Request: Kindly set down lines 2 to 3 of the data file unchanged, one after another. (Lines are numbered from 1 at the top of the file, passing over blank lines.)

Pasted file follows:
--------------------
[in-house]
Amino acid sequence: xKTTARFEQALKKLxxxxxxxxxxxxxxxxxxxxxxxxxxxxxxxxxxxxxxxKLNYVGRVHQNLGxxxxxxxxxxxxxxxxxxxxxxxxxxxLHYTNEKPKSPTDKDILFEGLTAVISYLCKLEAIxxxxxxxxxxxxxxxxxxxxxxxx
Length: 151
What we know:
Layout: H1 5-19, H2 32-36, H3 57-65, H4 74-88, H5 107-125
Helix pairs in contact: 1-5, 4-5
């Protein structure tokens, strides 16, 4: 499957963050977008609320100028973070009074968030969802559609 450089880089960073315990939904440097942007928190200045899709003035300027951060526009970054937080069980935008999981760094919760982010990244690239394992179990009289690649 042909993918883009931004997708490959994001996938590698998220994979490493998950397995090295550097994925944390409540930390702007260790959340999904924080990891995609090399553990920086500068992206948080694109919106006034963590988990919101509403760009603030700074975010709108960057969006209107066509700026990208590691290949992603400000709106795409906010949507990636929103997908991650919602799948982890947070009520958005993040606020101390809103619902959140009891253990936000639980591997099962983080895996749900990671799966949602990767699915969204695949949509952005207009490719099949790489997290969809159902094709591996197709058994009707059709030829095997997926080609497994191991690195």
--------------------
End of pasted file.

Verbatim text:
Amino acid sequence: xKTTARFEQALKKLxxxxxxxxxxxxxxxxxxxxxxxxxxxxxxxxxxxxxxxKLNYVGRVHQNLGxxxxxxxxxxxxxxxxxxxxxxxxxxxLHYTNEKPKSPTDKDILFEGLTAVISYLCKLEAIxxxxxxxxxxxxxxxxxxxxxxxx
Length: 151